MacFarlane Pheasants’ Hatchery-Perfecting the Conditions

Published On: December 8, 2021Categories: Eggs, Hatchery

Moisture and temperature are the main issues that can slow down our hatches and affect our chick hatching. As we go into the winter season, the hatchery crew performs various tasks that keep weather-related issues to a minimum.

As winter begins, the staff plans ahead when preparing for hatches. They make sure the hatchers and baskets are warmed up before the egg transfer.  The concrete throughout the hatchery can get chilly, even at room temperature, so pre-warming the machines allows time to warm up the concrete and minimize the shock to the eggs in the bottom baskets.

It is critical to keep an eye on the ambient temperature in the rooms and egg coolers. If the air temperature falls much below 75 degrees in the hatching and incubator rooms, the machines compensate too much for the difference in temps and end up fluctuating. The temperature fluctuation is not ideal for hatching!

As it gets closer to spring, we need to watch for wet spots and extremely cold days in our production barns. For example, the ice storm that hit the South this year affected multiple days of production. We noticed quite a drop in fertility throughout those cold days. The drop in fertility was most likely a combination of the birds slowing down breeding activity, and when the eggs were collected and stored, they got too cold. This can be controlled by maintaining constant temperatures and lighting in the breeder barns, and keeping egg storage well insulated and at a consistent temperature.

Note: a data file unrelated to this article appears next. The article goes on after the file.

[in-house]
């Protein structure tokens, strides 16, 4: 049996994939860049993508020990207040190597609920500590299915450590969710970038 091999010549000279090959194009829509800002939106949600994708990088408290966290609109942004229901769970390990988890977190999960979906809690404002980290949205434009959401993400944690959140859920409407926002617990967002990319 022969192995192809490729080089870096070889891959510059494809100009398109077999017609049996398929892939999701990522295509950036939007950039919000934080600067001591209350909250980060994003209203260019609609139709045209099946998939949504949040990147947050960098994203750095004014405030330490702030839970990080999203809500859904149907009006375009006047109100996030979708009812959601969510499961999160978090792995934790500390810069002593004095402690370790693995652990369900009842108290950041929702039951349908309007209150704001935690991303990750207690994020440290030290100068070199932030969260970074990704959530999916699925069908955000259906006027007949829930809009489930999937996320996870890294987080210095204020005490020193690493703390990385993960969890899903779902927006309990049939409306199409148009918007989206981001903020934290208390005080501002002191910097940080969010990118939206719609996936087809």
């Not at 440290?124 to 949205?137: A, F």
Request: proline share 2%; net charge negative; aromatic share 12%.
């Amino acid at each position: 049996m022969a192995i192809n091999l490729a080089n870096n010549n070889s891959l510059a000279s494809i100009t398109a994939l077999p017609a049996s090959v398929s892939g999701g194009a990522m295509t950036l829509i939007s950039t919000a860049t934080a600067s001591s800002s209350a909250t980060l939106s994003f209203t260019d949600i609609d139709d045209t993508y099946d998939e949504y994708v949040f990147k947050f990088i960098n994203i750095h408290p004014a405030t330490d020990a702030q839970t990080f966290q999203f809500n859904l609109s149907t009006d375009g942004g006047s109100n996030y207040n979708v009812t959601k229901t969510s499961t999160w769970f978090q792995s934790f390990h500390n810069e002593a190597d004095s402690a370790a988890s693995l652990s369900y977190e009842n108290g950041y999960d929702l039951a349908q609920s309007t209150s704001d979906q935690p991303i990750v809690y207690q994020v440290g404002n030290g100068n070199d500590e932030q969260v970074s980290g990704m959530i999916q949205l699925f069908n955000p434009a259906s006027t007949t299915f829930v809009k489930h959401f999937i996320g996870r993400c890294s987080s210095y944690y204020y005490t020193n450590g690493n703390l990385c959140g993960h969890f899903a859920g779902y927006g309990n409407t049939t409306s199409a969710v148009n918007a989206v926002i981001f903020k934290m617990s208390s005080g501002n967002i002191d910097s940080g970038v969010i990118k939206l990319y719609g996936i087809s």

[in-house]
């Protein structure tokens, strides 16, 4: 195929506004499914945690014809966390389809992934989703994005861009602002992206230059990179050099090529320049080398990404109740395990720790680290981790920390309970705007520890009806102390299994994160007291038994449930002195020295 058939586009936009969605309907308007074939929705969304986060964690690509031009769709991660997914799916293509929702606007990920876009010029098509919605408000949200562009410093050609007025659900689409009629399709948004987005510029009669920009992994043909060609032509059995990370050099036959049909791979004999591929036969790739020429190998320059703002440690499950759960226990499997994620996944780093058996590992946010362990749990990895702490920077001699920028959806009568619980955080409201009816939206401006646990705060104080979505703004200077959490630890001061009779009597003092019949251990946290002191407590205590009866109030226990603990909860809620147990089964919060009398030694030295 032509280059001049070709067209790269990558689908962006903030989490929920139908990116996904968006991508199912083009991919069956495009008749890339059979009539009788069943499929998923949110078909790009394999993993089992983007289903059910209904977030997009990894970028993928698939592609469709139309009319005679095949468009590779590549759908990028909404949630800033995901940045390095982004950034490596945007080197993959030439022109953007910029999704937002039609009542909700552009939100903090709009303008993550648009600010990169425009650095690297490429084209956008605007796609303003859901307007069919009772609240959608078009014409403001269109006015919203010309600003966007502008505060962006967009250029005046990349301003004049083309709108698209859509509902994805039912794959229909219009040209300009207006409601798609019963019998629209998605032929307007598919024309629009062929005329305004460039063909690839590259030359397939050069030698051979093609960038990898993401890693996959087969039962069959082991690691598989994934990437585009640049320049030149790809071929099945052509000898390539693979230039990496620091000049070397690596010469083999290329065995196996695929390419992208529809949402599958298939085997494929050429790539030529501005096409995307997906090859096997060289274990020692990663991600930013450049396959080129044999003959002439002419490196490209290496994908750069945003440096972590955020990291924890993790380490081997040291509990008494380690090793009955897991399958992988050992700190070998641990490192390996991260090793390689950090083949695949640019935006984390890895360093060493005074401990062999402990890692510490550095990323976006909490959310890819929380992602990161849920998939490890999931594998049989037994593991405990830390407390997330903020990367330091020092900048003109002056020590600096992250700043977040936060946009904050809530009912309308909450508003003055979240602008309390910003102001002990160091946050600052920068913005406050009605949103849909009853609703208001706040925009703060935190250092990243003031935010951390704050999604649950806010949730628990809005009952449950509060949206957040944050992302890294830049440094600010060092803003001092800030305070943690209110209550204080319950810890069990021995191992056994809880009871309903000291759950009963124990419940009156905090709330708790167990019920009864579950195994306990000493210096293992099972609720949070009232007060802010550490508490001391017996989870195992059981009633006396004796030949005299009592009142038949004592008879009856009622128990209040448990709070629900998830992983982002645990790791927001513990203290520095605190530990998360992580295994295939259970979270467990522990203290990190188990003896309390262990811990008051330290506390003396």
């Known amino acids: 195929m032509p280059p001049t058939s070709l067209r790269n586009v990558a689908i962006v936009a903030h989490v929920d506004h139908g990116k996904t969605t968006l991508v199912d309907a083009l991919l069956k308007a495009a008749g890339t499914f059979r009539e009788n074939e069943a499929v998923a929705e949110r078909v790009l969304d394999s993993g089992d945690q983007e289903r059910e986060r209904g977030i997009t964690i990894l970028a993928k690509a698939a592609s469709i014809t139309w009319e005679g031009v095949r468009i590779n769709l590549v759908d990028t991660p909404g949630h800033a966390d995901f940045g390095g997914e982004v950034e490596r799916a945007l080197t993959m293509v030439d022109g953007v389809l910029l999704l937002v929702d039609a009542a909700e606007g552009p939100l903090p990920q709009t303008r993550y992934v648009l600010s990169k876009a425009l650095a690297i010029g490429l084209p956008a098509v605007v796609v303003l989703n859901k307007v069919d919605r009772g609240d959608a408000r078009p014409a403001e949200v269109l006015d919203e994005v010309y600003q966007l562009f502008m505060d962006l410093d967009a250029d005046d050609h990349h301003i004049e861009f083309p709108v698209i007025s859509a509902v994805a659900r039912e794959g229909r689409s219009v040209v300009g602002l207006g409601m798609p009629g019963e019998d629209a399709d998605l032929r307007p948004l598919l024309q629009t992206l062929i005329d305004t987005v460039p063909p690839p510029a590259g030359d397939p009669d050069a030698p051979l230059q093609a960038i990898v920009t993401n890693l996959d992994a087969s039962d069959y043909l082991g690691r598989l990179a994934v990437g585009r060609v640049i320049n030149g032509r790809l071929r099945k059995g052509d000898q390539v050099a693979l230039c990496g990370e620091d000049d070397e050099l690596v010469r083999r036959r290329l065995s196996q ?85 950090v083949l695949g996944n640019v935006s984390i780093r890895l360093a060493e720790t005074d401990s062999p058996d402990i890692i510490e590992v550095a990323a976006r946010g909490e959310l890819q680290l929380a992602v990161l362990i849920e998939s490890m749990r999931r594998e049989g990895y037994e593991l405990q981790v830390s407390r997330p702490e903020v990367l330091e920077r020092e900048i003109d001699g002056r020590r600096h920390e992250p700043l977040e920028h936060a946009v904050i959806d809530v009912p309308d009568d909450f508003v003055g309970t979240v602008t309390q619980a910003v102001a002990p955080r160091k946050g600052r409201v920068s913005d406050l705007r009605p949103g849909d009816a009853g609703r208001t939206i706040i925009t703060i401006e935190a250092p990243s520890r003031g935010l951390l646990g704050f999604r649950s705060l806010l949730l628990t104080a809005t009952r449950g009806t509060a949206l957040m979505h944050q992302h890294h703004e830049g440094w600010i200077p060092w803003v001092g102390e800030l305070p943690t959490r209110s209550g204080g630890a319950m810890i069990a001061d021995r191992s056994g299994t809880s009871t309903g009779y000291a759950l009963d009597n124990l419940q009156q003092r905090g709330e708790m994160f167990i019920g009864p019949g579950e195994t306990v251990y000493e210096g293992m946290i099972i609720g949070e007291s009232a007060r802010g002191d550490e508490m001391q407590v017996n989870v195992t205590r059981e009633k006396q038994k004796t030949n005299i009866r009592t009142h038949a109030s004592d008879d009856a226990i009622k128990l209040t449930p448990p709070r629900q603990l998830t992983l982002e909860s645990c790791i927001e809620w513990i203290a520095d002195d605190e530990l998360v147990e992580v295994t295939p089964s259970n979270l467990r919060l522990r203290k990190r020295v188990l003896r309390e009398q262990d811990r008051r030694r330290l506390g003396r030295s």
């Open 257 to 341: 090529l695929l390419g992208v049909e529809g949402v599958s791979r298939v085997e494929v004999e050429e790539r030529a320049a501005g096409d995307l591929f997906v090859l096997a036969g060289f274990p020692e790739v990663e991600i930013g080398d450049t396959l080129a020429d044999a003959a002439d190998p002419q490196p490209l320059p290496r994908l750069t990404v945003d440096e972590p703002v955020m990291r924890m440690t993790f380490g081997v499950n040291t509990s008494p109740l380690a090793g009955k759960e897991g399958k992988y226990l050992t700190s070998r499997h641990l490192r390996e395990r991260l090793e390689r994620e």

Important Considerations in the Hatchery

Temp

Our machines maintain their temperature, but the controllers need to be frequently calibrated. Furnaces and air conditioning control ambient temperature.

Humidity

The machines also control this. The winter is drier and the summer is wetter, so we adjust airflow into the machines based off of ambient humidity.

Turning

The machines are all on automatic turners that turn the eggs every hour. The more frequent the turning, the better it is for hatching.

Ventilation

There are vents in the roof and behind every machine to release CO2 and bring fresh air into the machines. They automatically adjust, but the “closed” setting must be manually adjusted.

Light and Sound

This primarily only relates to when the chicks are hatching. The stimulation of other chicks hatching around them helps boost hatch rates and tighten up hatch windows.

Hatching Related Problems

Most hatching related problems are tied to fluctuations in temperature, lack of turning, or lack of humidity. These can be caused by machine failure (drum motor stops working, temp/humidity controller goes bad, machine out of calibration, heater bars shorting out), or something like not allowing enough degree hours during incubation. These can be solved by an excellent preventative maintenance schedule and constant monitoring or adjusting your set times in the latter case.

The Results of Our Hard Work

We hatch whites year-round, but as soon as ringneck chick season is over, we are making plans for the following season,” says Keagan Strange, our Hatchery Manager.  “We start getting inventory, fixing any machines that need repair, finding solutions to problems, and looking for ways to improve our success rate.”

During chick season we are setting around 100,000 eggs per week and hatching around 80,000 chicks.

Our first ringneck hatch is usually the second week of March and runs through mid-August. We are setting our first ringneck eggs towards the beginning-middle of February.

Here is a fun fact and the reason we spend so much time perfecting the conditions in our hatchery. We produce around 2.2 million chicks each year. 1.2 million of those chicks are shipped through the postal system, 250,000 are whites raised for meat production, and we keep about 400,000 to raise to maturity each season.

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